Advice for Duncan

The Astronomer

President-elect Barack Obama with Arne Duncan, the nominee for secretary of education, who has been widely praised for his work as chief executive of the more-than-400,000-student Chicago school system, the nation's third-largest.
President-elect Barack Obama with Arne Duncan, the nominee for secretary of education, who has been widely praised for his work as chief executive of the more-than-400,000-student Chicago school system, the nation's third-largest. (Pool Photo By Ralf-finn Hestoft)
  Enlarge Photo    
Monday, January 12, 2009; 12:00 AM

Chicago public schools chief Arne Duncan goes before a Senate committee on Tuesday for a confirmation hearing. To help him set priorities, Post reporter Valerie Strauss asked folks in the education world to provide their best advice on key issues. Here is a response from Derrick Pitts, chief astronomer, Franklin Institute, Philadelphia.

In my view, the incoming secretary of education needs to focus on improving elementary and middle school student performance, particularly in math and science.

How?

--By eliminating the suffocating "No Child Left Behind" program so that teachers can encourage students in the pursuit of education for the sake of knowledge and lifelong learning rather than for the purpose of passing a test.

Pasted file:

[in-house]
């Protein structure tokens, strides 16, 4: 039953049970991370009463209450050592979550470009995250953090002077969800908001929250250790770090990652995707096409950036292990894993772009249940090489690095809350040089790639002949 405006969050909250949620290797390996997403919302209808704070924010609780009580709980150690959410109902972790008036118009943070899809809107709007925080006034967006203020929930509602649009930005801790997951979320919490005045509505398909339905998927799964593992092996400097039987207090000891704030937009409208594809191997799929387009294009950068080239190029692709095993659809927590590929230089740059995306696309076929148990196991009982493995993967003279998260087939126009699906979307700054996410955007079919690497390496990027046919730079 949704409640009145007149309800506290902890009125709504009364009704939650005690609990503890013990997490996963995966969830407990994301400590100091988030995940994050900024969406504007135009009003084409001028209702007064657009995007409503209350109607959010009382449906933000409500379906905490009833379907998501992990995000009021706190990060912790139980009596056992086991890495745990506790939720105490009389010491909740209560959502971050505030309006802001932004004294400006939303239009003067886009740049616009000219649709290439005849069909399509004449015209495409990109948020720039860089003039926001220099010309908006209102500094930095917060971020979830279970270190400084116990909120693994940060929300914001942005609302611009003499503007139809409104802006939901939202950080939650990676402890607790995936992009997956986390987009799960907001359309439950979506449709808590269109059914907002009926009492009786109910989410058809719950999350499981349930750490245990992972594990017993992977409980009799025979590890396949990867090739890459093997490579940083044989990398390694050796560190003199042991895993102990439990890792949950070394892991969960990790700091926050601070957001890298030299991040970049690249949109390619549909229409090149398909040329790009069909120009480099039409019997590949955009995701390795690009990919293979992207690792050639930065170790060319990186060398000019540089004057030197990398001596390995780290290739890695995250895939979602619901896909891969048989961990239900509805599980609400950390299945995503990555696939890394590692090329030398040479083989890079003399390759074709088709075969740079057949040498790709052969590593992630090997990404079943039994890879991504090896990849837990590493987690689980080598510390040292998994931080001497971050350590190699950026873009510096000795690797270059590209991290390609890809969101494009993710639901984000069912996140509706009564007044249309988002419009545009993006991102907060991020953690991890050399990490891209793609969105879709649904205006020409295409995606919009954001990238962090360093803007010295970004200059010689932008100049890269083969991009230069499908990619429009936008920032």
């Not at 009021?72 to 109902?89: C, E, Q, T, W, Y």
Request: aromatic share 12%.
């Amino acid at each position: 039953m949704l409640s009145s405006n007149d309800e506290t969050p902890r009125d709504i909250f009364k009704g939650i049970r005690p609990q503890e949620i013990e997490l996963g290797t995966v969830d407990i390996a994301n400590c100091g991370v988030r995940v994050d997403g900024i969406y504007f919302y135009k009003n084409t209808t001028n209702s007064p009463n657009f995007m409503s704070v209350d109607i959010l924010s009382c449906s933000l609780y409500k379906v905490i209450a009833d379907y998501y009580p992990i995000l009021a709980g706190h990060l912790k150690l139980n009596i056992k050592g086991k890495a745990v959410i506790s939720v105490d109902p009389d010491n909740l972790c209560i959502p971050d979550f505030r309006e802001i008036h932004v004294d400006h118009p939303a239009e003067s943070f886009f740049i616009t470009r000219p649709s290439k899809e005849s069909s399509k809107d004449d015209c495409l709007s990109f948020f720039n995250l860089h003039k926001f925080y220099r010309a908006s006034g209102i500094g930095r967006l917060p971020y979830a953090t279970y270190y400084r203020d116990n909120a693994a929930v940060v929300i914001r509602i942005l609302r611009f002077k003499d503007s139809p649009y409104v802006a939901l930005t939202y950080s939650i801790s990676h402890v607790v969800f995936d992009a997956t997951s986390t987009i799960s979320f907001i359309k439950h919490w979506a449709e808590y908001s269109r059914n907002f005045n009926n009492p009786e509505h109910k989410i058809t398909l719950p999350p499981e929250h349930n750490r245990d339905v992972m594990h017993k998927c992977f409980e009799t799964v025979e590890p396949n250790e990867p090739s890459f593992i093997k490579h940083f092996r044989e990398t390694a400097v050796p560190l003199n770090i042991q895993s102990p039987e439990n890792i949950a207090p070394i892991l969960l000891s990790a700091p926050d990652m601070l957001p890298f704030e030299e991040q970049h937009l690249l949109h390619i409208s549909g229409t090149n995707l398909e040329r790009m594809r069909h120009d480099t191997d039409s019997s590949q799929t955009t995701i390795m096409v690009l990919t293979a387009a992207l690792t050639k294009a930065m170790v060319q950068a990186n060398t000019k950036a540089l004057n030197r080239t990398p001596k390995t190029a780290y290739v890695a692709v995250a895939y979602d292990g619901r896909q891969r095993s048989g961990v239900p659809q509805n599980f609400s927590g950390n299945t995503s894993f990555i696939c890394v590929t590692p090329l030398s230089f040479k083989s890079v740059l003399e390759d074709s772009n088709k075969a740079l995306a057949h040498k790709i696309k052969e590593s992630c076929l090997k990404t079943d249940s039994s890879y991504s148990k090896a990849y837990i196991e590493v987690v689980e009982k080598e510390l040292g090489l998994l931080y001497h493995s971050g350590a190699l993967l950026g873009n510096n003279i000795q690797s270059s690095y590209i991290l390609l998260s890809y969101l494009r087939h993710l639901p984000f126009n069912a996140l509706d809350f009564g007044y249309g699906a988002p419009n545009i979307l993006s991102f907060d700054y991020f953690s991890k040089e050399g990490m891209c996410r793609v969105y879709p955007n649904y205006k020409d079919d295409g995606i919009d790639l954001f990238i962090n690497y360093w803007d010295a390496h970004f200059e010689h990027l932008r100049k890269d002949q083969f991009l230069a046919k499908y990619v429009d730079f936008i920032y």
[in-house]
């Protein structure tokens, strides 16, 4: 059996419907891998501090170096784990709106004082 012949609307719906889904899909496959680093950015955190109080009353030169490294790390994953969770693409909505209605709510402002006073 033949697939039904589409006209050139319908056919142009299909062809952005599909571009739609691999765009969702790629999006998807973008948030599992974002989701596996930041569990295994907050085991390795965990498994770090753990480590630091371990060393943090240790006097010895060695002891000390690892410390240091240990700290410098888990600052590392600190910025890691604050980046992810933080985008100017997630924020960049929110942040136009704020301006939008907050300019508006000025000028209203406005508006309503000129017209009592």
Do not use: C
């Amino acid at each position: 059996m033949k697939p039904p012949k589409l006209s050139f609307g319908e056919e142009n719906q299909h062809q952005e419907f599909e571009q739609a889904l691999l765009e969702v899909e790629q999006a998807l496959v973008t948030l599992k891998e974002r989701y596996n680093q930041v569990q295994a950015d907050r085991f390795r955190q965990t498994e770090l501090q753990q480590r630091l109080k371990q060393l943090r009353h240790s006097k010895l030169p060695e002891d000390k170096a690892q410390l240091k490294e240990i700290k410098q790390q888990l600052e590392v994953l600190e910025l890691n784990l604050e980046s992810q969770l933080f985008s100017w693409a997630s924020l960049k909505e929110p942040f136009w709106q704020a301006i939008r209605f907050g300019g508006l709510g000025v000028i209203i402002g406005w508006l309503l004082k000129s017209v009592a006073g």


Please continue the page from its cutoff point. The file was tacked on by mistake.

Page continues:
--By improving, through better teacher training, science teachers' ability to teach science via observation and experimentation.

--By giving students a broader exposure to the world of science and technology through field trips to places such as factories and laboratories where students can see people doing science.

--By ensuring the funding teachers need to demonstrate to students that science is exciting, alive, and significantly touches the lives of every individual on this planet in ways that no other discipline does.

--By broad dissemination of the reality that our future, as a nation, is in the hands of the students in our schools and that our best investment for the future is to educate our students as if our future depended on their abilities as knowledgeable, well-trained citizens, and that responsibility is in the hands of our teachers who should be paid well enough to attract the best and brightest to this profession.


© 2009 The Washington Post Company